. In Thurber J, Yoshinaka A American Gridlock: The Sources, Character, and Impact of Political Polarization Cambridge University Press; 2015.Abstract
We review how the ideological polarization of members of the House of Representatives (elite polarization) is affected by: o sorting of parties’ incumbents into more ideologically compatible districts o replacement of incumbents by more ideologically extreme successors o the drawing of more ideologically extreme districts ● We show there are fewer competitive congressional districts – having a near balance of Democrats and Republicans – following redistricting ● We show more competitive districts can be drawn without sacrificing other values, such as compactness or minority representation ● We discuss the prospects for redistricting reform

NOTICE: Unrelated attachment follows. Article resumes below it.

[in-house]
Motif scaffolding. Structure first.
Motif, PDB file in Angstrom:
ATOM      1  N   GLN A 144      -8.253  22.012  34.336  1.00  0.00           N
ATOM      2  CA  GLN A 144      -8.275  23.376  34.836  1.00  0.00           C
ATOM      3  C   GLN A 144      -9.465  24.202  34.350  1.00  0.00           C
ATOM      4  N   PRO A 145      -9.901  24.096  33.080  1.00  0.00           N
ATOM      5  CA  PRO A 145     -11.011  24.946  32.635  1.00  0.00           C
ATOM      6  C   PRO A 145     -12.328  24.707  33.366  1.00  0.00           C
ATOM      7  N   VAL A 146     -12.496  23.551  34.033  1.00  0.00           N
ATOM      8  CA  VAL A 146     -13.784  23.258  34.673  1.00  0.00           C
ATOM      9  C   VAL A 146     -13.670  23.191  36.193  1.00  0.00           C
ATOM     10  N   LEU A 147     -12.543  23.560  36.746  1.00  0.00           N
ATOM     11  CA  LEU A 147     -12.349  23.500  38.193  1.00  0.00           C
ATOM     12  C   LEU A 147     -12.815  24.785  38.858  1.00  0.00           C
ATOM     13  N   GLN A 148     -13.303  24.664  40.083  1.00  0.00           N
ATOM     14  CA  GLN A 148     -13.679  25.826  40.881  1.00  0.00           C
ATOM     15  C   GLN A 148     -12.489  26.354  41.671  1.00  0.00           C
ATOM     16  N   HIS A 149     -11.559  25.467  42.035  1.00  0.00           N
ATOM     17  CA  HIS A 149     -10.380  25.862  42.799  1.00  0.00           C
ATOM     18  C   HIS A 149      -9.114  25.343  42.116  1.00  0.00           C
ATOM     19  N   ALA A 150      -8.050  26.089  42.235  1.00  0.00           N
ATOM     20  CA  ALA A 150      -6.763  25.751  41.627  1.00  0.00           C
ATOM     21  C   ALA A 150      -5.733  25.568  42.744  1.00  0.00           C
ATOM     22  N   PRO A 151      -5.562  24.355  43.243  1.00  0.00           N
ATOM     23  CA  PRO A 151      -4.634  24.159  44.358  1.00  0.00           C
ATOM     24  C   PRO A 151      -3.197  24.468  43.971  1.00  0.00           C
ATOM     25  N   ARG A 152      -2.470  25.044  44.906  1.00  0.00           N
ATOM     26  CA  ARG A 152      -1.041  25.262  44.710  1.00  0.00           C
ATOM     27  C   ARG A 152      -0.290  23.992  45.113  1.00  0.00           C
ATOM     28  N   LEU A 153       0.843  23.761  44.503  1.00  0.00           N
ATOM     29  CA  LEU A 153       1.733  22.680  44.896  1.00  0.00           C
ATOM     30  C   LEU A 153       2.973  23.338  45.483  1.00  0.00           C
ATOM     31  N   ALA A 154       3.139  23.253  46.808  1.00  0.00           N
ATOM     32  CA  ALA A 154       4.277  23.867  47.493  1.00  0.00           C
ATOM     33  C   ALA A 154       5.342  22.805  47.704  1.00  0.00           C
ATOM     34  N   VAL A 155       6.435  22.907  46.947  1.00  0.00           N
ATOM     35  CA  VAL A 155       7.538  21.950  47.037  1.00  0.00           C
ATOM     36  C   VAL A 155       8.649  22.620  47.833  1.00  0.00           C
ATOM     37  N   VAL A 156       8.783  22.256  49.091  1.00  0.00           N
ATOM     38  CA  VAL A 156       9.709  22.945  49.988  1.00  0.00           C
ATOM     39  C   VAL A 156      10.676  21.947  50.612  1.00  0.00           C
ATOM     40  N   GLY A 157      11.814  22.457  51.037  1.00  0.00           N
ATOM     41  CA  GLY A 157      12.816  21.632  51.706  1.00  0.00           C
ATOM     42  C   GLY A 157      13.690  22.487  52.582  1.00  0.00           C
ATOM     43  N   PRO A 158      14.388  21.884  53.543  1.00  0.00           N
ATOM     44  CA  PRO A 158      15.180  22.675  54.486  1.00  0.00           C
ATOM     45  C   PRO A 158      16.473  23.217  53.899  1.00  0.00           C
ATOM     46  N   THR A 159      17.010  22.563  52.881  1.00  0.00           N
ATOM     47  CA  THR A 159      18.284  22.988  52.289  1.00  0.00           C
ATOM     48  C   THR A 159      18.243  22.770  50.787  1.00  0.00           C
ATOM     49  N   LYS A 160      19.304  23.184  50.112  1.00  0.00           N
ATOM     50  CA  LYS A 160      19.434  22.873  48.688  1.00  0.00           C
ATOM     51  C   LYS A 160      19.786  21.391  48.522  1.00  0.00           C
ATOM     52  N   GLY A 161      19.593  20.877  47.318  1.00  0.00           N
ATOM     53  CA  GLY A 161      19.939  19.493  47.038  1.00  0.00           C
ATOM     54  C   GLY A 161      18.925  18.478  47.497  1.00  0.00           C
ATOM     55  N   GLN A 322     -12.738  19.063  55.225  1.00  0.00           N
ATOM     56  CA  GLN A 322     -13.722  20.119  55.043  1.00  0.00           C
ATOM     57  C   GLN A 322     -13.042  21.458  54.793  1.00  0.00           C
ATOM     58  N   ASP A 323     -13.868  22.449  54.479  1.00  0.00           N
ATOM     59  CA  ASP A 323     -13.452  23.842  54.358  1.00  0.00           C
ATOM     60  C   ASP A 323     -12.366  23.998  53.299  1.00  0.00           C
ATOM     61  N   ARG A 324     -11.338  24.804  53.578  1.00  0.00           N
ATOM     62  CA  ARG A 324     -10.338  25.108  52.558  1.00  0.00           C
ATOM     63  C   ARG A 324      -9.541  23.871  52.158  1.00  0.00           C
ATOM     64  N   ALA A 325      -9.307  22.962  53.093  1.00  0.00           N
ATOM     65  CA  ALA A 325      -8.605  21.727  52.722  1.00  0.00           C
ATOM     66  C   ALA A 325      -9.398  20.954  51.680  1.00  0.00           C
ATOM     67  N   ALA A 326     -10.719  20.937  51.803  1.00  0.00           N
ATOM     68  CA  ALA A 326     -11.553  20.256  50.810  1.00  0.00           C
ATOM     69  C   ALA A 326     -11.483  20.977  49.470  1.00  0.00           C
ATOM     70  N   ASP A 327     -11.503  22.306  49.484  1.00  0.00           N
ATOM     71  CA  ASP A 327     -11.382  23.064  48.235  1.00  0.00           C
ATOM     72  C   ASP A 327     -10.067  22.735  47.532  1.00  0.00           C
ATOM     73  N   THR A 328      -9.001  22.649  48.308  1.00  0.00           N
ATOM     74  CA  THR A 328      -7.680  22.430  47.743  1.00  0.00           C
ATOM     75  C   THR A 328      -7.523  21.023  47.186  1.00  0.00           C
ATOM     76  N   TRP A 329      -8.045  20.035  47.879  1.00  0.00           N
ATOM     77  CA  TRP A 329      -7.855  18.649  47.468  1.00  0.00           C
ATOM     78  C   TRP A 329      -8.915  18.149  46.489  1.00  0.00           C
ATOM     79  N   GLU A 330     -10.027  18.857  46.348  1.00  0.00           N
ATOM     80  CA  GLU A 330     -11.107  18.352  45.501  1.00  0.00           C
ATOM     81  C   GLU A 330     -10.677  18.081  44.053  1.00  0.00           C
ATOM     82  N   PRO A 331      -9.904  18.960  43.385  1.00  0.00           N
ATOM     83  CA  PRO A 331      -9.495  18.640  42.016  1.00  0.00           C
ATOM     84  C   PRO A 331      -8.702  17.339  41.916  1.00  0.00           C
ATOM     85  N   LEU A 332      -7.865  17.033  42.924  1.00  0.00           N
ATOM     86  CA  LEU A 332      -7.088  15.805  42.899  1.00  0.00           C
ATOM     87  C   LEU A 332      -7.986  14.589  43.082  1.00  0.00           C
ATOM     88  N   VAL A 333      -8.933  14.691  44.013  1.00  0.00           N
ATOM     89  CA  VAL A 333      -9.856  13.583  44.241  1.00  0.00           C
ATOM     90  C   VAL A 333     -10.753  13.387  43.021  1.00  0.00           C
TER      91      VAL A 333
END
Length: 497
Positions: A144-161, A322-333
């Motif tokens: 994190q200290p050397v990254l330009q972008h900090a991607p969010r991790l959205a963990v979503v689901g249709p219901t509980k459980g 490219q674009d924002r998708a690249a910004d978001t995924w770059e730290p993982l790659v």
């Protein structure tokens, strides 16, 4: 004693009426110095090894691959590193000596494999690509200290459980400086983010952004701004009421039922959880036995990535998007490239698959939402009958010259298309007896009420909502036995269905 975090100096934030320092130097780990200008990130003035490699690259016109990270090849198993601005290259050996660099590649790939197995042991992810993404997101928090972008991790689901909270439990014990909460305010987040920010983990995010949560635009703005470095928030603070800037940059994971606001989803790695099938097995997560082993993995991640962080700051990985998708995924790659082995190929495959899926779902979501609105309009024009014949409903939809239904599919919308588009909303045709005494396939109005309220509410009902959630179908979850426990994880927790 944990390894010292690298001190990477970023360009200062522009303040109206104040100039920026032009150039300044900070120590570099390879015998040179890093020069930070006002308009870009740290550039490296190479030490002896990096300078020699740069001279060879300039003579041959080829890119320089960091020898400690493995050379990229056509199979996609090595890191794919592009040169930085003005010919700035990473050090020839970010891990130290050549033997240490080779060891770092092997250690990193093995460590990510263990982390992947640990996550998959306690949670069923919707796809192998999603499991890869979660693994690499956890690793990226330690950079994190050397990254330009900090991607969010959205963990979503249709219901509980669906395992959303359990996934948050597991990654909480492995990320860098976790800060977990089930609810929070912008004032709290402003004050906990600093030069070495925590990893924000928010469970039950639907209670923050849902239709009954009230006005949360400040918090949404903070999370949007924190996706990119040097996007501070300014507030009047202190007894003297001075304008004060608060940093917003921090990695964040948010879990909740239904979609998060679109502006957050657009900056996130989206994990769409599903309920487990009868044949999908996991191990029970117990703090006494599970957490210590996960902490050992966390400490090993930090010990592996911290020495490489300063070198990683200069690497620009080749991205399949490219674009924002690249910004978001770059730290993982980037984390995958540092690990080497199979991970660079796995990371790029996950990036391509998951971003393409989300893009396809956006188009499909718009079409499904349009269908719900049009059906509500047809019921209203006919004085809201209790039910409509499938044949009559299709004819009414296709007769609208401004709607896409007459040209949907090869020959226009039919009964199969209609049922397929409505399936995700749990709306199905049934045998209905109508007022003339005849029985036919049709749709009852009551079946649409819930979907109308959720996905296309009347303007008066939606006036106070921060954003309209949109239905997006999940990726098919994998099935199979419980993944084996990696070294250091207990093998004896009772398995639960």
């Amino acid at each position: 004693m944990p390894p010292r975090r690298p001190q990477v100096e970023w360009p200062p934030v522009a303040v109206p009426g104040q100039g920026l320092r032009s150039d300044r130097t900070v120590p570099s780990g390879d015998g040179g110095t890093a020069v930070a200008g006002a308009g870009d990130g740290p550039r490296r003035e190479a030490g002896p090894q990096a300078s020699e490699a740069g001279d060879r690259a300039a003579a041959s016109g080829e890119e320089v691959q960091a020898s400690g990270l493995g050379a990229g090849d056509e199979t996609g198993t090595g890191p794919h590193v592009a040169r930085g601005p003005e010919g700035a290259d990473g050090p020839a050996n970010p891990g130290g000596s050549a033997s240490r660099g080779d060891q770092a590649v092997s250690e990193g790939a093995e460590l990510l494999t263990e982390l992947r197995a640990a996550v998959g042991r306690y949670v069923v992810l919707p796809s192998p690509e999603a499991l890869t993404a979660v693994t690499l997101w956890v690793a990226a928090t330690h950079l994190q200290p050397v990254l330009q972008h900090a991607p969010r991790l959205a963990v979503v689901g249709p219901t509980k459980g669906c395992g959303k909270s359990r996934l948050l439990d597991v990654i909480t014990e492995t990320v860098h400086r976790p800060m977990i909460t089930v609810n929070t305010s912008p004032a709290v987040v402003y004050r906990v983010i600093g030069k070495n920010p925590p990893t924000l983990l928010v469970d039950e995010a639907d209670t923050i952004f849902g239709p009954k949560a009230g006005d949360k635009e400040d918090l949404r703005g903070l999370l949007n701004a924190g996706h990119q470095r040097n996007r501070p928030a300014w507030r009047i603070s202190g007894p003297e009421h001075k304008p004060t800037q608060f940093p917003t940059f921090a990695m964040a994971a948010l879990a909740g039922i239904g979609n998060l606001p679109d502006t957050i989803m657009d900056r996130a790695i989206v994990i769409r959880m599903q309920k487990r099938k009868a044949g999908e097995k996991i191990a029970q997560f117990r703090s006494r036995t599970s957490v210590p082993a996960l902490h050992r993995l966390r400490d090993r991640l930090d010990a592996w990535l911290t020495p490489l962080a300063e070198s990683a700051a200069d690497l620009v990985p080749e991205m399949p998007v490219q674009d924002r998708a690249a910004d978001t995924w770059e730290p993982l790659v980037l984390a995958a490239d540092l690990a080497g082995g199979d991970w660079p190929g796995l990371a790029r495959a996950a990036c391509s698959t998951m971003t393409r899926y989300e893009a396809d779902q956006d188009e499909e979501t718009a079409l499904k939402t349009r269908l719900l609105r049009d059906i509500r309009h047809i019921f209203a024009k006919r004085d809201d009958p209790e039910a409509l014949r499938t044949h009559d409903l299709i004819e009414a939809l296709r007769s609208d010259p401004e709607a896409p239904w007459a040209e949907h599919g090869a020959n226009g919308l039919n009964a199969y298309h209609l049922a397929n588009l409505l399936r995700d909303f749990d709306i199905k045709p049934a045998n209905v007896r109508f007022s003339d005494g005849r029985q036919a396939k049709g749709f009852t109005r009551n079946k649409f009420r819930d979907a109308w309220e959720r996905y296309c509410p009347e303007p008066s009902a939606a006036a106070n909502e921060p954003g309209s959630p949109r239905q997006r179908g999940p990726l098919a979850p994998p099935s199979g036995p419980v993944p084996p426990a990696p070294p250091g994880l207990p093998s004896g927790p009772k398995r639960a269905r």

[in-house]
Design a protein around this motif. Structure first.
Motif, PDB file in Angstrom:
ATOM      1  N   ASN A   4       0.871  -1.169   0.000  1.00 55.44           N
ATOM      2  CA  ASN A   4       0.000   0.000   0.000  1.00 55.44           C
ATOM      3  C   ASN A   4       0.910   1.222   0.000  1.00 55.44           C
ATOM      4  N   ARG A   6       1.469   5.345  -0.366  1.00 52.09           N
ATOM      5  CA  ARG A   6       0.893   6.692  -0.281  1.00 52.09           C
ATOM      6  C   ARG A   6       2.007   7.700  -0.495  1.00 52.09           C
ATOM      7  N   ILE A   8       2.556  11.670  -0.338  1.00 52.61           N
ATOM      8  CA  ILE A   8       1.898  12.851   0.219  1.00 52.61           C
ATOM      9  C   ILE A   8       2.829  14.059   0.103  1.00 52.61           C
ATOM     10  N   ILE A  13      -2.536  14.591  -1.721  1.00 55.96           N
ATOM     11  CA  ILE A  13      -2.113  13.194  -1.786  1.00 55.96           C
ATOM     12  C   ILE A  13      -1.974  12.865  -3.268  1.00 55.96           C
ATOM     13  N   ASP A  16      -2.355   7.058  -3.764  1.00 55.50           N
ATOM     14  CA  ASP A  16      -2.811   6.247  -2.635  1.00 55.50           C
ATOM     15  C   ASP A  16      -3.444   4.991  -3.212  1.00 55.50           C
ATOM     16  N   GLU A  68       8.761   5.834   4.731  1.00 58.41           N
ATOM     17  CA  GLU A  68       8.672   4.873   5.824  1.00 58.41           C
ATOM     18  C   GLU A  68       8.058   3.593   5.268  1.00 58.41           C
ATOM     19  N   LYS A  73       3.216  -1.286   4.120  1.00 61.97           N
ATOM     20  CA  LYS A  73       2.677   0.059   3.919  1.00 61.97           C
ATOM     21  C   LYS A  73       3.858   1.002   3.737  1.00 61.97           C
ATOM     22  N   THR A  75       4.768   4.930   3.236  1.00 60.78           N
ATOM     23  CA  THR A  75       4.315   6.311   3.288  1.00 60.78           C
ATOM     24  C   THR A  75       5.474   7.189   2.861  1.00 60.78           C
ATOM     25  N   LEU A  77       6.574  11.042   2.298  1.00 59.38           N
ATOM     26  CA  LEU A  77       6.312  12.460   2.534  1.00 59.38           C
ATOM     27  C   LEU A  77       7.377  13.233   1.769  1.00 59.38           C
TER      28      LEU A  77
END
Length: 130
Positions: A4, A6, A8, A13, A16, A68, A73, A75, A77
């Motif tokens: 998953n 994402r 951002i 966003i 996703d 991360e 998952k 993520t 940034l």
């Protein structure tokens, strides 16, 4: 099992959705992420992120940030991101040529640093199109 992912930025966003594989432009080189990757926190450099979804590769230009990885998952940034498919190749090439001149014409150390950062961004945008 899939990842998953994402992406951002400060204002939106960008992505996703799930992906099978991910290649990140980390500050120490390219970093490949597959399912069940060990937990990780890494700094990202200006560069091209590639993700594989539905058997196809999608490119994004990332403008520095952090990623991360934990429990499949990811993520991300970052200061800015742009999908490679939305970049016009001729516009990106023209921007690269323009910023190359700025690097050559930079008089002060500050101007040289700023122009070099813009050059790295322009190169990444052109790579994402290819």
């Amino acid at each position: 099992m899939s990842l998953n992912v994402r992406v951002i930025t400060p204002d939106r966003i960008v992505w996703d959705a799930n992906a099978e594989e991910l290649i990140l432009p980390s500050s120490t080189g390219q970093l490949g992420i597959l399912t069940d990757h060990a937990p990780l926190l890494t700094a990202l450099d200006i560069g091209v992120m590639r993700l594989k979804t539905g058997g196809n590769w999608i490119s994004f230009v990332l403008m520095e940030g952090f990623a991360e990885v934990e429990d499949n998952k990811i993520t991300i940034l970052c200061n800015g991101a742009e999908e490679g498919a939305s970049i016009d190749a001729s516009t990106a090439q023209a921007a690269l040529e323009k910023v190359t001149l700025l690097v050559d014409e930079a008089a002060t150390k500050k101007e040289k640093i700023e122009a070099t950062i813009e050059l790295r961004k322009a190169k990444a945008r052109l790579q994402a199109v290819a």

Invited written testimony queries on how to improve public input into the Boundary Commission for England. This testimony summarizes both our research into public participation in electoral delimitations, and our professional experience in conducting boundary delimitation.
The reforms to the redistricting process in Florida, catalyzed by advances in information technology, enabled a dramatic increase in public participation in the redistricting process. This reform process in Florida can be considered a partial success: The adopted plan implements one the the most efficient observable trade-offs among the reformer’s criteria, primarily along the lines of racial representation by creating an additional Black-majority district in the form of the current 5th Congressional District. This does not mean, however, that reform was entirely successful. The adopted plan is efficient, but is atypical of the plans submitted by the legislature and public. Based on the pattern of public submissions, and on contextual information, we suspect the adopted plan was drawn for partisan motivations. The public preference and good-government criteria might be better served by the selection of the other efficient plans – that were much more competitive, and less biased, at the cost of a reduction of the majority-minority seat.